Serious Jass Project
As far as I am concerned, saxophonist, Ralph Carney has three things going to him no matter what. First, he has played extensively with Tom Waits, one of my all time favorite characters in popular music. Second, he is from Akron, home of poets, Van Jordan, and Rita Dove, suggesting that that Carney understands the working man. And finally, judging by the number of Duke Ellington moments on his album, songs
and associations, Serious Jass Project can’t help but to be strong. Carney is interested in jazz’s traditions here: blues, group unity and personal expression by individual players.
Overall, the album sounds Dixieland but that is just the vibe. This is really a quartet enjoying itself and reinterpreting some of jazz’s singular recordings. But mostly, this is about Duke Ellington.
The band’s first Ellington offering is “Black Beauty,” arguably one of Ellington’s essential tunes, the one that tried to make a statement about the Black American identity. Carney’s version is simple and bouncy; it doesn’t swing hard, but it swings just enough with Carney leading the way. That is followed by the less known, “Rexatious,” a tune credited to long time Ellington trumpeter, Rex Stewart. “Rexatious” is bouncy as well, the solos are short, and tight, the Dixieland vibe is intact. “Jeep Blues” is here as well, and Carney resists trying a Johnny Hodges imitation. That is smart considering that Hodges owned the tune when he was in the Ellington band. Carney presents a call and response version of the tune with organist, Michael McIntosh providing the best moments.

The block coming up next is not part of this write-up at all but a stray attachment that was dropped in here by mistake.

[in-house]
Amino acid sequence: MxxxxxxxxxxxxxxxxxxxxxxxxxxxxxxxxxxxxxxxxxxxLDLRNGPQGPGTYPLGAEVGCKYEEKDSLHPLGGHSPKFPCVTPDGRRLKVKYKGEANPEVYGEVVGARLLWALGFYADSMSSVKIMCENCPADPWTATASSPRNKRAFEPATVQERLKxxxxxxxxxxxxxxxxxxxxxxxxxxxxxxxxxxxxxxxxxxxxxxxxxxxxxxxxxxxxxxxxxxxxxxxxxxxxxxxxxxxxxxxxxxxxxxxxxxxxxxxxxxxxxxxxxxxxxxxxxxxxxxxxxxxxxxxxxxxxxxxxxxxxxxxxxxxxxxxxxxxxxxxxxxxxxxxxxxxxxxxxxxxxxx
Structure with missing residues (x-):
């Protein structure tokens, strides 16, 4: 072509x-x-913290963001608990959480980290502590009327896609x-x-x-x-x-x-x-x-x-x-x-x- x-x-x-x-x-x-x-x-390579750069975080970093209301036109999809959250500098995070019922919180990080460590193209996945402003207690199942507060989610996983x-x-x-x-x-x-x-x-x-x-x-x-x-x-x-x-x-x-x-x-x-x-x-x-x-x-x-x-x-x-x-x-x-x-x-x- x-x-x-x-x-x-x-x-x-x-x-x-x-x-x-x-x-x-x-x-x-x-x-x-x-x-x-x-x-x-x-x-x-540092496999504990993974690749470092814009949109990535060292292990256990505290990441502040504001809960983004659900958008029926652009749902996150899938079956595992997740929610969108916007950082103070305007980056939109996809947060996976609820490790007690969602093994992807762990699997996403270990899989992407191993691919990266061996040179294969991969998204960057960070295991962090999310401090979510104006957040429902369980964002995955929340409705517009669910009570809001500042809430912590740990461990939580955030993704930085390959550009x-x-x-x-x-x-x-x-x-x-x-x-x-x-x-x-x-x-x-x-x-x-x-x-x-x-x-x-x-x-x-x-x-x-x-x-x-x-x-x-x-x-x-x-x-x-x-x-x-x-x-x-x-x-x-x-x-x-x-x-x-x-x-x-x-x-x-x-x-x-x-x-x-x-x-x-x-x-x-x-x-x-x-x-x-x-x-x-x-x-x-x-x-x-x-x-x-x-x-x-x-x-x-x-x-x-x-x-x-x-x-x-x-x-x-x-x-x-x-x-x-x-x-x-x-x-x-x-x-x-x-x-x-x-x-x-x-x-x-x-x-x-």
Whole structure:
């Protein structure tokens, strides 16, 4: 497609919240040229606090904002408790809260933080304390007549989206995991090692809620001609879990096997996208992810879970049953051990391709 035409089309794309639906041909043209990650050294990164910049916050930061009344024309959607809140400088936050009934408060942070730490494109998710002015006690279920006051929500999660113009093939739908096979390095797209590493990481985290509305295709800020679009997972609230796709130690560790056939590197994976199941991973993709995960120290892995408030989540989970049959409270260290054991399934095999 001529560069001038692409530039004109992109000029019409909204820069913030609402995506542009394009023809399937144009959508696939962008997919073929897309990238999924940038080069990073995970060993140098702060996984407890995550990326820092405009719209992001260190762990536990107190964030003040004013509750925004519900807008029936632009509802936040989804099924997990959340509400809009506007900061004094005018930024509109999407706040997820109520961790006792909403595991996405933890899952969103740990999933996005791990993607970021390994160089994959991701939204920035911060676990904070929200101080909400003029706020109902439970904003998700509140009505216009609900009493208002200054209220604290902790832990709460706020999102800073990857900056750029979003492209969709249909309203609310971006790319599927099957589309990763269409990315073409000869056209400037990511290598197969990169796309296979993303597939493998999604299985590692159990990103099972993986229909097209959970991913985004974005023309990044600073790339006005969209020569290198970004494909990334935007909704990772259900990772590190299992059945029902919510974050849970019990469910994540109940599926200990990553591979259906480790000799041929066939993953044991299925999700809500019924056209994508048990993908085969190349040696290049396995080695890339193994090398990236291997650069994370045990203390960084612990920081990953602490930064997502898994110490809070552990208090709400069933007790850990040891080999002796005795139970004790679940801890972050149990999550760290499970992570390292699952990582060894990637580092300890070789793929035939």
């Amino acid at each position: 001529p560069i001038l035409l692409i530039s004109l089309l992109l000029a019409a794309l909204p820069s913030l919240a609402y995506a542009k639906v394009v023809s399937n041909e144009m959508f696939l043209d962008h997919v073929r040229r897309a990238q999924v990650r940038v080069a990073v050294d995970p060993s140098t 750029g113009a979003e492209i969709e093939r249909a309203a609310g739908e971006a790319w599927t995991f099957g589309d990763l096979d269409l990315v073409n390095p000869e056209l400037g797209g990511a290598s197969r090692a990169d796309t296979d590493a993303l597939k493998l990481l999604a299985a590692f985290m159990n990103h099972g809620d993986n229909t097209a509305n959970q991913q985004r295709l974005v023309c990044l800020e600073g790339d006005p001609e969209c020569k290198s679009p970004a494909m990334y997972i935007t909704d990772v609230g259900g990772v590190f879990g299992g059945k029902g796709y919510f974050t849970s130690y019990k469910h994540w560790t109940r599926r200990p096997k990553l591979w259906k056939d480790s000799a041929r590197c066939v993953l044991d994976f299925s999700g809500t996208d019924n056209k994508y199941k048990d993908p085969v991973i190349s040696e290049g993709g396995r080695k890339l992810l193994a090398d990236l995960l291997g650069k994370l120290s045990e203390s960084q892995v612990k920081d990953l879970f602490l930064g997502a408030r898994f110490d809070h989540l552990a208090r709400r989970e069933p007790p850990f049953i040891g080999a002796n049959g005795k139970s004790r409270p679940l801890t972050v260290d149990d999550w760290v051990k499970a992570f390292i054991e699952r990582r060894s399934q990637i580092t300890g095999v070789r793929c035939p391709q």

There is an abundance of good music on Serious Jass Project, (“Backtrackin’” and “Boogie’s the Thing,” are especially uplifting) but the Ellington numbers carry the day. Carney honks and soars and his band follows his lead. They play the songs as if they have been playing them for years. The album is its own statement, a traditional take on tradition.